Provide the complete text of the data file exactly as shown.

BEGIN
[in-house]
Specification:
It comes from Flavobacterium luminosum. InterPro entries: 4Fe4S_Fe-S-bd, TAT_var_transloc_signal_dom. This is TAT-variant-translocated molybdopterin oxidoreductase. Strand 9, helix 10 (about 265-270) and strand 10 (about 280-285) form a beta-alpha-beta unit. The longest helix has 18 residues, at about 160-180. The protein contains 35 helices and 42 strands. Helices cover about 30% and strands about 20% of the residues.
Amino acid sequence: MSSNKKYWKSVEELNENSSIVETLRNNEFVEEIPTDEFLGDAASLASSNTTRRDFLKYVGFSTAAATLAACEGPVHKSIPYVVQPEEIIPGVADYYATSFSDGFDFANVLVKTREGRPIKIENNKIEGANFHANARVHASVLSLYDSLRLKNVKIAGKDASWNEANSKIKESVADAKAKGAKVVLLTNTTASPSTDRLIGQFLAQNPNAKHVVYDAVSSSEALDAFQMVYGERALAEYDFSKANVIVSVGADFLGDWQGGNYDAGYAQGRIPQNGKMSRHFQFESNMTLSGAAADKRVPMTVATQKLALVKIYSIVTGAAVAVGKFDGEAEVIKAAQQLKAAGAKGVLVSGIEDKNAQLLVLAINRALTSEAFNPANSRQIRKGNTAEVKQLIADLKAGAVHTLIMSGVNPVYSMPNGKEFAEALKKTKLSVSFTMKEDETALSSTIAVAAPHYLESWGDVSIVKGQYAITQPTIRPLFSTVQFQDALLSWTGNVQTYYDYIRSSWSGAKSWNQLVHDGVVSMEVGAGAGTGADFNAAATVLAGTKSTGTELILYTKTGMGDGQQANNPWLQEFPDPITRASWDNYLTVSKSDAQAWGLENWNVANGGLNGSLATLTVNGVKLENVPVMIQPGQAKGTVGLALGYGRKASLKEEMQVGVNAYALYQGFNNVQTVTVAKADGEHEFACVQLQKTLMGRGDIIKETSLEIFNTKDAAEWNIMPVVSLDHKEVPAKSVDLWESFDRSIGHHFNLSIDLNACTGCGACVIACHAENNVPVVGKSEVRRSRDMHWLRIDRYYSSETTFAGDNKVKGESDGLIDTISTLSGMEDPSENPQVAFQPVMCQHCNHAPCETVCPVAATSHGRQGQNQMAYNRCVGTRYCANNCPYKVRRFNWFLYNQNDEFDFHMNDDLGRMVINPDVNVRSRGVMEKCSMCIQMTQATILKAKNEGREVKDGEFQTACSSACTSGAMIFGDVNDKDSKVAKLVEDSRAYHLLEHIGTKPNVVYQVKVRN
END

[in-house]
Specification:
It comes from Flavobacterium luminosum. InterPro entries: 4Fe4S_Fe-S-bd, TAT_var_transloc_signal_dom. This is TAT-variant-translocated molybdopterin oxidoreductase. Strand 9, helix 10 (about 265-270) and strand 10 (about 280-285) form a beta-alpha-beta unit. The longest helix has 18 residues, at about 160-180. The protein contains 35 helices and 42 strands. Helices cover about 30% and strands about 20% of the residues.
Amino acid sequence: MSSNKKYWKSVEELNENSSIVETLRNNEFVEEIPTDEFLGDAASLASSNTTRRDFLKYVGFSTAAATLAACEGPVHKSIPYVVQPEEIIPGVADYYATSFSDGFDFANVLVKTREGRPIKIENNKIEGANFHANARVHASVLSLYDSLRLKNVKIAGKDASWNEANSKIKESVADAKAKGAKVVLLTNTTASPSTDRLIGQFLAQNPNAKHVVYDAVSSSEALDAFQMVYGERALAEYDFSKANVIVSVGADFLGDWQGGNYDAGYAQGRIPQNGKMSRHFQFESNMTLSGAAADKRVPMTVATQKLALVKIYSIVTGAAVAVGKFDGEAEVIKAAQQLKAAGAKGVLVSGIEDKNAQLLVLAINRALTSEAFNPANSRQIRKGNTAEVKQLIADLKAGAVHTLIMSGVNPVYSMPNGKEFAEALKKTKLSVSFTMKEDETALSSTIAVAAPHYLESWGDVSIVKGQYAITQPTIRPLFSTVQFQDALLSWTGNVQTYYDYIRSSWSGAKSWNQLVHDGVVSMEVGAGAGTGADFNAAATVLAGTKSTGTELILYTKTGMGDGQQANNPWLQEFPDPITRASWDNYLTVSKSDAQAWGLENWNVANGGLNGSLATLTVNGVKLENVPVMIQPGQAKGTVGLALGYGRKASLKEEMQVGVNAYALYQGFNNVQTVTVAKADGEHEFACVQLQKTLMGRGDIIKETSLEIFNTKDAAEWNIMPVVSLDHKEVPAKSVDLWESFDRSIGHHFNLSIDLNACTGCGACVIACHAENNVPVVGKSEVRRSRDMHWLRIDRYYSSETTFAGDNKVKGESDGLIDTISTLSGMEDPSENPQVAFQPVMCQHCNHAPCETVCPVAATSHGRQGQNQMAYNRCVGTRYCANNCPYKVRRFNWFLYNQNDEFDFHMNDDLGRMVINPDVNVRSRGVMEKCSMCIQMTQATILKAKNEGREVKDGEFQTACSSACTSGAMIFGDVNDKDSKVAKLVEDSRAYHLLEHIGTKPNVVYQVKVRN